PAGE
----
Teaneck—Torah Academy of Bergen County (TABC) celebrated the completion of its expansion and renovation of its school building with a Chanukat HaBayit (home dedication) for donors, parent volunteers and the community on Motzei Shabbos, November 23. In his introduction, current board president Nachum Barishansky credited former presidents Etiel Forman and Yisroel Grossman with having the “visionary leadership” to see the project through from dream to inception. He thanked donors, who contributed more than $3.3 million and emphasized that every gift was appreciated, quoting a Mishna that says “the one who gives more and the one who gives less are the same as long as they give with pure intent.” And while the building is new and beautiful, he said the hallmark of TABC is its “warm learning environment.”
In his D’var Torah, Rosh Yeshiva Rabbi Yosef Adler explained how the establishment of Chanukah as a Yom Tov contains the essence of what TABC represents. The Ravid said that the menorah should only be lit in the Beis HaMikdash—because only learning inside its walls is valid. However, the Rambam taught that the candles can be lit outside and brought in. This is the model of TABC—Take what you learn from the outside world and use it within the framework of Torah.
Rabbi Adler said that TABC has fully adopted the model that there are many pathways of service under Hashem. Some students seek the inner depths of Torah learning while others are inspired to be an oved Hashem by studying the precision of law and government. Science is a path to Hashem for students who, when they study the incredible way the body is put together, can only conclude that there is a Creator with a Grand Design. He said it is TABC’s mission to provide many opportunities for students to “kindle their soul” and go on to have an impact on the broader community and the world.
Rabbi Adler introduced keynote speaker, Richard Joel, president of Yeshiva University, by noting that the education he received there had an enormous impact on his life.
President Joel said that renewal is at the center of Jewish survival. The Jew is always looking for ways to adapt our sacred story to new times. The Pew survey showed that Modern Orthodoxy is successful—but we shouldn’t pat ourselves on the back. It can be lonely at the top. We have some responsibility not to be complacent; we should always be aware that our successes have to be constantly renewed or they will get stale.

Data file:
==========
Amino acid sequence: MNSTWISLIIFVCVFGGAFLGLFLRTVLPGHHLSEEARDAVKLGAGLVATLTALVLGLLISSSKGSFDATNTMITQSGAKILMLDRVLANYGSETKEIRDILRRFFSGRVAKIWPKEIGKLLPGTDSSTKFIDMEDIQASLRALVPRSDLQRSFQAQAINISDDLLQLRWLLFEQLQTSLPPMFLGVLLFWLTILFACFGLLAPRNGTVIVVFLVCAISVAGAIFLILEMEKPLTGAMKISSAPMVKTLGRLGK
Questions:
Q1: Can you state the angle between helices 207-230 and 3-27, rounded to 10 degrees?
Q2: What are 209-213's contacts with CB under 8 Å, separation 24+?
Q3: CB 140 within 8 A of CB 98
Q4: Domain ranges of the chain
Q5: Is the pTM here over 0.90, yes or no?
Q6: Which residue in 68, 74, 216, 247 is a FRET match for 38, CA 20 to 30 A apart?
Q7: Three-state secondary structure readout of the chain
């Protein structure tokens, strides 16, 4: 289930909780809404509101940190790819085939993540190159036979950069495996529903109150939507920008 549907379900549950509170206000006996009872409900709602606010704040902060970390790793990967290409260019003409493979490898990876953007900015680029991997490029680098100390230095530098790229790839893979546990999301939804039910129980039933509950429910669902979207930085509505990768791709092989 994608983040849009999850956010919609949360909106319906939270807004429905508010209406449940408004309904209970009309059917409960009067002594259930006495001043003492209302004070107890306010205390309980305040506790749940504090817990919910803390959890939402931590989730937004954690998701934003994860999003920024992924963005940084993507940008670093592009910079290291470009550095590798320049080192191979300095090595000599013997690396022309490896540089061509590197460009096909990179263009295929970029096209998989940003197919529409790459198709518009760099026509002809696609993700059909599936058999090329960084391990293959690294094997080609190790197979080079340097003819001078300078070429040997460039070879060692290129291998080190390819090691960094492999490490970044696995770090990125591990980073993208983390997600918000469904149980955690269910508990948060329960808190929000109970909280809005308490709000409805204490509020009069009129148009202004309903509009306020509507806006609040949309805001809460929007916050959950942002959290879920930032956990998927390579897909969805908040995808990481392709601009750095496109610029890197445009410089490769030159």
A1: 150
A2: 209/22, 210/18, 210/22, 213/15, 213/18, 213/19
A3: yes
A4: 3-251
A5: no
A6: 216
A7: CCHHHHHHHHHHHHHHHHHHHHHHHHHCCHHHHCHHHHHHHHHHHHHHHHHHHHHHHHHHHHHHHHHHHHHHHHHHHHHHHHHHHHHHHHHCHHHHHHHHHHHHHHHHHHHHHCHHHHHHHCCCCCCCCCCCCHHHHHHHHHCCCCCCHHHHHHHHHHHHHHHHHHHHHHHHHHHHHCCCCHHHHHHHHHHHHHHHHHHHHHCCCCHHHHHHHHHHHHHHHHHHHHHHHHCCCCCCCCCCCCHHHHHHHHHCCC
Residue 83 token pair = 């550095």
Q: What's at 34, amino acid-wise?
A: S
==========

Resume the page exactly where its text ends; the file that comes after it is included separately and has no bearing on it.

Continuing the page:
Joel said it is our commitment to education, passion and community that allows us to thrive. Jewish literacy through education is the basis of our experience; it is the cornerstone of a value system based on text and tradition. Passion must be the fuel that keeps the fire lit. The biggest challenge today of Jewish high school education is for students to “own” their education. Joel said he often hears students say they don’t want to go to YU because they have “done” the dual curriculum. He asked, “Where is the pride and passion?” The starting point for true internal passion for Judaism has to be the home and it starts with what you talk about at the Shabbos table. He said we must make Avraham and Sarah not just historical figures but members of the family.
To paraphrase what he said, Joel stressed that community is the glue that keeps us together. Orthodox Jews are “blessed”in that we are forced to live together. We need each other to daven, have a mikvah, and a butcher. We live in an increasingly individual and entitlement centered society. Children must learn that there is me and we. We have to create a community of trust and kindness and there must be a parallel in our schools. This is not the time for spectators, he noted. All must build and contribute; we must always renew ourselves.
The building and renewal of TABC has put a lot of smiles on the faces of students and faculty at TABC. In an earlier interview with JLBC, Rabbi Adler said the expansion “will enable us to service current students, now a record 293, more efficiently, in a dignified fashion, and enable us to accommodate growth coming up through the pipeline during the next five-seven years.”
The new Beit Knesset holds 400 people so students, parents and visitors can attend programs together. The new gym is favored by the basketball team, while the hockey team voted to continue in the old one. There is a new lunch room and seven new classrooms. The hallways have been expanded with full size lockers lining the walls. Teachers now have private offices to allow for student-faculty meetings in a more comfortable setting. There is also more room for the 21 boys from the Sinai Special Needs Institute housed at TABC.
Education, passion and community: TABC has plenty of all three, may it live long and prosper.
By Bracha Schwartz